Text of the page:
The U.S. Centers for Disease Control and Prevention (CDC) Thursday issued a draft of revised guidelines for prescribing opioid painkillers, urging doctors to be flexible and individualize their use of the drugs to the needs of the patient.
The CDC’s current guidelines were issued in 2016, largely in response to the over-prescribing of opioids in the United States from 2007 to 2012. The agency reports in 2012, 259 million prescriptions were written for the highly addictive painkillers, enough for every person in the country to have their own bottle.
The result was one of the worst drug-abuse epidemics in the U.S., with addiction and deaths related to the drugs skyrocketing. The CDC reports that from 1999 to 2014, more than 165,000 people in the United States died from overdoses related to opioid pain medication.
But CDC officials said that while 2016 guidelines helped end the over-prescribing of the drugs, they also may have pushed doctors too far in the other direction.
Co-author of the new guidelines, acting director of the National Center for Injury Prevention and Control, Christopher Jones, said some doctors were too quick to cut off patients taking prescription painkillers and too strict in keeping the drugs from patients who might benefit.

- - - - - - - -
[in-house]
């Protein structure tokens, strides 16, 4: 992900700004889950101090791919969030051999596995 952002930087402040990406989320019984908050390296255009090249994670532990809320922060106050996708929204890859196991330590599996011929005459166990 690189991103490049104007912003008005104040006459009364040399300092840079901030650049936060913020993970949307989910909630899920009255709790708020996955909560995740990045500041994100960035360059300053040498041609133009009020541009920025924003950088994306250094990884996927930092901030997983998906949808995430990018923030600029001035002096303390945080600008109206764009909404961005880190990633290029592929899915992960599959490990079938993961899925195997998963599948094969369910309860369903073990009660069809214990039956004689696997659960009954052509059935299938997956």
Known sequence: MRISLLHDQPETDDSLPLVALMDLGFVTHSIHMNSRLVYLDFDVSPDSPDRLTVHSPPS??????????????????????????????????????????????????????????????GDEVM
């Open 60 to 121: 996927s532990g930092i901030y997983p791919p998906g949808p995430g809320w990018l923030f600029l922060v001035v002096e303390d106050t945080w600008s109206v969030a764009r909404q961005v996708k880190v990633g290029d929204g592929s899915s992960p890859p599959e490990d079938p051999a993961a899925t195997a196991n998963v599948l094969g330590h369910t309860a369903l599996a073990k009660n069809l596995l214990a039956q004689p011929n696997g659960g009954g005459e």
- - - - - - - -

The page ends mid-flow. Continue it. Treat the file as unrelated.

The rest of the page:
The 229-page draft of the updated guidelines removes some of the suggested limits the original guidelines placed on administering opioids and proposes individualized patient care. It also offers more options for treating the kind of short-term, acute pain that follows surgeries or injuries.
The CDC published the draft of the new guidelines in the U.S. Federal Register, where the public can view and comment on them for the next 60 days. The CDC will consider comments before finalizing the updated guidance.
CDC guidelines are voluntary, though they are widely followed by U.S. healthcare providers.
Some information in this report came from The Associated Press.